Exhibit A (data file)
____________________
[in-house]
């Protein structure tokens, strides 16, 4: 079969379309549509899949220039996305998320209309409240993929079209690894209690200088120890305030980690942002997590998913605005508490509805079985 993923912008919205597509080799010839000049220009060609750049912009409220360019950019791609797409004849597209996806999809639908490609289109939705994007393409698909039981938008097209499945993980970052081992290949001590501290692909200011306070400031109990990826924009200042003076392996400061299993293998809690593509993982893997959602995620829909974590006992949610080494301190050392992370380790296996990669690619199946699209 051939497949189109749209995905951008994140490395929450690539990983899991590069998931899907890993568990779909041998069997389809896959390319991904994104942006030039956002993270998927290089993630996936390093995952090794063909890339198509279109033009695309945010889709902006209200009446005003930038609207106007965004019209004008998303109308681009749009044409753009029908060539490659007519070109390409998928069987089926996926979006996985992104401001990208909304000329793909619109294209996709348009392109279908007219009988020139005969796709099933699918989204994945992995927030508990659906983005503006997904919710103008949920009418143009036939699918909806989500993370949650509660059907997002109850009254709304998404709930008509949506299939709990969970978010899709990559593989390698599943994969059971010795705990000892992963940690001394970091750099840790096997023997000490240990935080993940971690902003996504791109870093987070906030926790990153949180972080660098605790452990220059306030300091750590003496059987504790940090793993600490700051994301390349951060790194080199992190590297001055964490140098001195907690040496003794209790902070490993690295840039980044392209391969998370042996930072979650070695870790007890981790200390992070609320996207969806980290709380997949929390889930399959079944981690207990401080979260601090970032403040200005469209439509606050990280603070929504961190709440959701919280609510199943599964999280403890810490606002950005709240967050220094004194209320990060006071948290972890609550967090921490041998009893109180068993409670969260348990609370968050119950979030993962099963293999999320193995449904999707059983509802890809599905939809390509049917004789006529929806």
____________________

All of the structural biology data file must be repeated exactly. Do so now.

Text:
[in-house]
């Protein structure tokens, strides 16, 4: 079969379309549509899949220039996305998320209309409240993929079209690894209690200088120890305030980690942002997590998913605005508490509805079985 993923912008919205597509080799010839000049220009060609750049912009409220360019950019791609797409004849597209996806999809639908490609289109939705994007393409698909039981938008097209499945993980970052081992290949001590501290692909200011306070400031109990990826924009200042003076392996400061299993293998809690593509993982893997959602995620829909974590006992949610080494301190050392992370380790296996990669690619199946699209 051939497949189109749209995905951008994140490395929450690539990983899991590069998931899907890993568990779909041998069997389809896959390319991904994104942006030039956002993270998927290089993630996936390093995952090794063909890339198509279109033009695309945010889709902006209200009446005003930038609207106007965004019209004008998303109308681009749009044409753009029908060539490659007519070109390409998928069987089926996926979006996985992104401001990208909304000329793909619109294209996709348009392109279908007219009988020139005969796709099933699918989204994945992995927030508990659906983005503006997904919710103008949920009418143009036939699918909806989500993370949650509660059907997002109850009254709304998404709930008509949506299939709990969970978010899709990559593989390698599943994969059971010795705990000892992963940690001394970091750099840790096997023997000490240990935080993940971690902003996504791109870093987070906030926790990153949180972080660098605790452990220059306030300091750590003496059987504790940090793993600490700051994301390349951060790194080199992190590297001055964490140098001195907690040496003794209790902070490993690295840039980044392209391969998370042996930072979650070695870790007890981790200390992070609320996207969806980290709380997949929390889930399959079944981690207990401080979260601090970032403040200005469209439509606050990280603070929504961190709440959701919280609510199943599964999280403890810490606002950005709240967050220094004194209320990060006071948290972890609550967090921490041998009893109180068993409670969260348990609370968050119950979030993962099963293999999320193995449904999707059983509802890809599905939809390509049917004789006529929806």